Next to a commercial electronic music scene governed by the values of danceability and clarity of signal, L.I.E.S. releases stand out for their spontaneity and playfulness, their flippant disregard for club polish. Sounds clip, bass tones lean into the red, synth melodies dangle dangerously high in the mix. In the grand scheme of things, most L.I.E.S. records fall under the umbrellas of house and techno, but it’s the little idiosyncrasies and embraced blemishes that make each record unique from the next. “Call of the Wild,” Brooklyn producer Jason Letkiewicz’s latest L.I.E.S. single under the alias Steve Summers, disrupts a foundation of crunchy hi-hats and four-to-the-floor rhythmics with tentacles of outrageously burping synthesizer. It doesn’t sound like he’s having trouble keeping a reign on his own equipment—more like he’s having a really fun time trying to make each sound as distinctive as possible, challenging his listeners to get down to a rhythm to which they might not immediately know how to move. “African Rhythms,” a 2012 track from Bookworms, Letkiewicz’s roommate Nik Dawson, layers synths and pattering shaker sounds over a rhythmically uneven, mechanical bongo loop, creating the feeling that the entire track is slowly speeding up when it’s really just chugging along at 128 bpm (“the magic tempo of fast, but not too fast,” says Dawson).Florian Kupfer’s 2013 single “Feeling,” perhaps the closest thing L.I.E.S. has to a hit, gets most of its momentum from the repetition of a single, female vocal sample, endlessly restating the words, I can’t stop this feeling. It’s not beautiful because the singer’s performance is good—it’s beautiful because in Kupfer’s hands, it sounds distressed, pitch-shifted and pained. It’s difficult to enumerate the particular qualities that draw Morelli’s ear, but he tends to zero in on the sort of jams that are somehow infectious in their dissonance, rhythmic in their disjointedness, textural in their particular brand of low fidelity. They aren’t exactly instant bangers, but they offer a rarer and more counterintuitive kind of musical enjoyment, one that runs parallel to Morelli’s skill for finding talent in the places where nobody else is looking.

“The way this label came about is just through years of DJing and being friends with people in music,” says Morelli. “Twelve, 13 years of hanging out. And that’s how really interesting stuff happens—it’s not by like sending an email to some random guy in the middle of nowhere who already has records on a different label and you’re being like, Oh, his records are cool and they sell—I should do something.”

“There’s no counterculture in New York. There’s nothing to go against—there’s just little pockets of people doing what they do.”—Ron Morelli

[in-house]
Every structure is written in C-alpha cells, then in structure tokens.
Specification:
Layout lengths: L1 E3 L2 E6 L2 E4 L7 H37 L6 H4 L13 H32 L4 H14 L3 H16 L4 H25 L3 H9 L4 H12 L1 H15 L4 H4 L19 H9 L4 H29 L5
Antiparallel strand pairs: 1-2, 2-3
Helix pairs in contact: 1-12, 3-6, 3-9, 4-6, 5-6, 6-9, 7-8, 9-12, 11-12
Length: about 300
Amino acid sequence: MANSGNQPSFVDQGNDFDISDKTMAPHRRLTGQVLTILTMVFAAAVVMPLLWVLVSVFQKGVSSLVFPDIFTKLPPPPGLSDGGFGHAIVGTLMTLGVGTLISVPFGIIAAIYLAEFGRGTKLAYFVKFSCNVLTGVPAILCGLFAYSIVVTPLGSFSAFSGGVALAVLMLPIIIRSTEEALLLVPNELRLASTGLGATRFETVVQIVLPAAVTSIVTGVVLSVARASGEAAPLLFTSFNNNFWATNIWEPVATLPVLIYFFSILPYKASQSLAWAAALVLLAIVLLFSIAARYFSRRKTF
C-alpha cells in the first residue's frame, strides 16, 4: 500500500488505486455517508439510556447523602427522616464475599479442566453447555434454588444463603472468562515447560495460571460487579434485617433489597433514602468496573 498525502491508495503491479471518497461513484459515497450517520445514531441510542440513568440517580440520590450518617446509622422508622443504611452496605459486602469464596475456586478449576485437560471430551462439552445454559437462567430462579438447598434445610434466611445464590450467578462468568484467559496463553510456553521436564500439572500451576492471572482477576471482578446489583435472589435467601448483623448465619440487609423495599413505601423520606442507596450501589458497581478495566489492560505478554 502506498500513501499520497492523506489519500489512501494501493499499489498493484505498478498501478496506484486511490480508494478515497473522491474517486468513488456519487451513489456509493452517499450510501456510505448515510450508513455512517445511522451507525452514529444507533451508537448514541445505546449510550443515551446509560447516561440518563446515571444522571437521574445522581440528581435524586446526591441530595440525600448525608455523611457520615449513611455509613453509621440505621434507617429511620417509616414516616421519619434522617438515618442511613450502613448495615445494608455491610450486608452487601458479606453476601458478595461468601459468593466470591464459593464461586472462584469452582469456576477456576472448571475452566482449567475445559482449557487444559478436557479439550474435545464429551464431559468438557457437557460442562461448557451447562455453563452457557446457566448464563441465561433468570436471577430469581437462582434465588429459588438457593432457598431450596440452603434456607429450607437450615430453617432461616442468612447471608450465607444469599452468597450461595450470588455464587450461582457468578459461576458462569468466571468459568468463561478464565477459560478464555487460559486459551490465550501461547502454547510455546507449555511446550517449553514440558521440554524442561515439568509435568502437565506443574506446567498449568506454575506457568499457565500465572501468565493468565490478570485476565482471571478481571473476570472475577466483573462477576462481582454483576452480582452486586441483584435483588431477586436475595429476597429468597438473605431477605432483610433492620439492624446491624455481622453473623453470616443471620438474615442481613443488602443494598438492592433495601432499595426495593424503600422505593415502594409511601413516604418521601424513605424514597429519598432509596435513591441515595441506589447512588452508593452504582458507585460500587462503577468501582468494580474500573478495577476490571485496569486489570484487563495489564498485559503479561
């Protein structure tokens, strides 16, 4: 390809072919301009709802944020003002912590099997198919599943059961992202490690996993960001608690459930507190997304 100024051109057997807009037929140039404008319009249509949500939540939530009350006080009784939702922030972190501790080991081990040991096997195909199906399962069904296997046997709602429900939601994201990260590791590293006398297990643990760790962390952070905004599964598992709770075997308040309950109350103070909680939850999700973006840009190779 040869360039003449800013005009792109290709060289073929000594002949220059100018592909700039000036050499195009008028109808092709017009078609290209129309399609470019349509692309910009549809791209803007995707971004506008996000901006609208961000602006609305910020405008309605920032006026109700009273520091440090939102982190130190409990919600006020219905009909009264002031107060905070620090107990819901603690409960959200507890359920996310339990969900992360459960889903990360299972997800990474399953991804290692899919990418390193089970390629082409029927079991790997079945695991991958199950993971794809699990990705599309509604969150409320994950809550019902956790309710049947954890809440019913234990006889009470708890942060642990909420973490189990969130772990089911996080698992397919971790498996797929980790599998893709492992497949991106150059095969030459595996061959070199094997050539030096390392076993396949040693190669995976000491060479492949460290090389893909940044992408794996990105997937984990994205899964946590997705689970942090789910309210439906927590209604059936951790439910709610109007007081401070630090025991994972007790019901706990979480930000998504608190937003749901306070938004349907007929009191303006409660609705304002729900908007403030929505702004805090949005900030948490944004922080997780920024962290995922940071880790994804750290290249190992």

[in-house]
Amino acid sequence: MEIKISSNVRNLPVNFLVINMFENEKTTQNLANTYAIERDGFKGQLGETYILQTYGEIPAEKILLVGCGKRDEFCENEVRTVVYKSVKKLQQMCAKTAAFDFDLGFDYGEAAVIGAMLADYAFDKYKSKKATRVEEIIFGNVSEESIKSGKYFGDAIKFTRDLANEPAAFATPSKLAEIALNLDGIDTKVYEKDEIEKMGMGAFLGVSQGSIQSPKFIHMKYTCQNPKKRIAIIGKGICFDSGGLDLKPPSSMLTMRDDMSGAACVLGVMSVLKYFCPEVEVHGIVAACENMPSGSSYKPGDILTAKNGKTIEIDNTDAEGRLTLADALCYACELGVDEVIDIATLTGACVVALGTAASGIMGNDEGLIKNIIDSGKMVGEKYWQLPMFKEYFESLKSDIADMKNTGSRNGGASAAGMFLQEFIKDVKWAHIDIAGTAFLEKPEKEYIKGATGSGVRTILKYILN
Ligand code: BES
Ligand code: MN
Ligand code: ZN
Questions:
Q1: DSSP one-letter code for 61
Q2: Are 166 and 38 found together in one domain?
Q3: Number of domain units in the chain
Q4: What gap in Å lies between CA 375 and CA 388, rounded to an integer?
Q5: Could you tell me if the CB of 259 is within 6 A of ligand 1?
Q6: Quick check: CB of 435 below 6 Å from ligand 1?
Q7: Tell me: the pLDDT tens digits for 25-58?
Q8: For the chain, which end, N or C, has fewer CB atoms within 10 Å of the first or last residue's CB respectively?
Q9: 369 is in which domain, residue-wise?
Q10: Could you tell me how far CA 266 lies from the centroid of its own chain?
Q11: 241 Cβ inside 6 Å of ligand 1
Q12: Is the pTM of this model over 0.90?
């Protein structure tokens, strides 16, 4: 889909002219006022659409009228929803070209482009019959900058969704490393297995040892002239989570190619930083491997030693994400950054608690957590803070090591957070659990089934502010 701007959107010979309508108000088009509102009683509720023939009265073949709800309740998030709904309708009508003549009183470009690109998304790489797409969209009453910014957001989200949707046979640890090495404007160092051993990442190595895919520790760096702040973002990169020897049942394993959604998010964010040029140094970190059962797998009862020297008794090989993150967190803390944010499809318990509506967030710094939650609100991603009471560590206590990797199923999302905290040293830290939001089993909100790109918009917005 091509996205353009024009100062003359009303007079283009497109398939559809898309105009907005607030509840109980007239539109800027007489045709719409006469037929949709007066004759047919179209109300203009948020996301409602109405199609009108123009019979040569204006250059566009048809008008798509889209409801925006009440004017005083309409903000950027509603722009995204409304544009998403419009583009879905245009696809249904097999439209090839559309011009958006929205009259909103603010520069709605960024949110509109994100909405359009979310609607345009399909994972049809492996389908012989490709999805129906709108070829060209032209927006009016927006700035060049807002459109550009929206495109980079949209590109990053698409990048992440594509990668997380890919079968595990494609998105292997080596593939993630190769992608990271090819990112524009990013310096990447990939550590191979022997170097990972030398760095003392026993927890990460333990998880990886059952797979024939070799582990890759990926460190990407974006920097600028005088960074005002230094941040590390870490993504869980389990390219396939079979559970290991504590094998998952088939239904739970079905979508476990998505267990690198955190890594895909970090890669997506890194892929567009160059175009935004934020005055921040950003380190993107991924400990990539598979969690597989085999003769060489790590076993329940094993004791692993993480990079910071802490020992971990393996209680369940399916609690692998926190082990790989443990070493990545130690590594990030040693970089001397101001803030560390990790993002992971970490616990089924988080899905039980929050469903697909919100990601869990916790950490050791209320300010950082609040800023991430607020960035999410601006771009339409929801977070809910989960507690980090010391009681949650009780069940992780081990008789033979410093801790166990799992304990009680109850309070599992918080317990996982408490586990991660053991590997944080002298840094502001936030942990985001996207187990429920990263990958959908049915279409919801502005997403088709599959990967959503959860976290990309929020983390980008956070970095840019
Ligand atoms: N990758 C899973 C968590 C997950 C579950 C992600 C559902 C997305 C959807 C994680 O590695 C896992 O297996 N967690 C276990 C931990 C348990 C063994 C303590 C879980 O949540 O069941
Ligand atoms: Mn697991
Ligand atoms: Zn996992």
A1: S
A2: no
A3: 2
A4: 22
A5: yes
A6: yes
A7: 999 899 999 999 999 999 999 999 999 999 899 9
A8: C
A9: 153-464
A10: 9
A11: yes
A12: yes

Picture 10 slightly unwashed-looking artists sitting around in somebody’s loft apartment, shooting the shit over beers and some records, and you’ll get a pretty good idea of what the L.I.E.S. community looks and feels like. Out of the 10, probably two are in the process of rolling a joint, two are just passing through town for the week, half of them have collaborated together and all of them are sitting on a stockpile of strangely recorded party tracks. Morelli has brought these gems to light at a steady pace; since starting with a filter house 12-inch from Jason Letkiewicz alias Malveoux in 2010, he’s released some 54 singles and albums. Financially and logistically, how he maintains this level of production is nothing short of a miracle, one compounded by the fact that Morelli seems to see nothing miraculous about it, short of having a very dependable distributor in Europe. “Get up, get a coffee, get at the emails—that’s it,” says Morelli, tossing a lighter in one hand as though he’s anxious to get back to work. “I push papers. If it wasn’t for [the artists], the label wouldn’t be what it is, and all these people wouldn’t care about it.”

Morelli doesn’t seem to like being put in the spotlight, which may be why he has suggested that we spend the day having a group chat at the home of video artist and L.I.E.S. musician Luke Wyatt. On our way out of the apartment, he receives a call from his friend Bill Kouligas, the founder of experimental music label PAN, which is hosting a festival at various venues and art spaces throughout the city this month. One of Kouligas’ artists is desperately in need of a Korg Electribe SX for a performance that evening, and Kouligas is wondering if Morelli knows someone in the L.I.E.S. network with one. Walking up Manhattan Avenue, the sun beating down on the concrete, Morelli calls down his list of contacts, trying to track down the synthesizer.

On the corner of Manhattan and Meserole, we meet up with William Burnett, a bespectacled fellow who runs another dance music label called WT Records and plays music under the name Willie Burns. Burnett has a digital camera bag slung around his arm and is planning on shooting some footage of our meeting for some “weird documentary” he is making. He and Morelli used to live together, too, and Burnett was actually the guy who first gave Morelli the idea of starting his own label, mostly to avoid the long lag-times that he and his musician friends were prone to endure between their finishing a record and its physical release. We jump into Burnett’s car and fly south down Wythe Avenue. Talk turns to the changing face of nightlife in this area of Wiliamsburg. Ron DJs regularly in north Brooklyn, but he’s quick to digress into a rant about how he doesn’t really like going out in the city anymore, the rationale being that you’ll either get a warehouse space with a good crowd and terrible sound, or an airconditioned club with great sound and terrible people. “To me, it’s just like all I see is stress, basically,” says Morelli. Like a caricature of the gruff but inwardly idealistic New Yorker, Morelli tells you what he believes in through the things he says he can’t stand.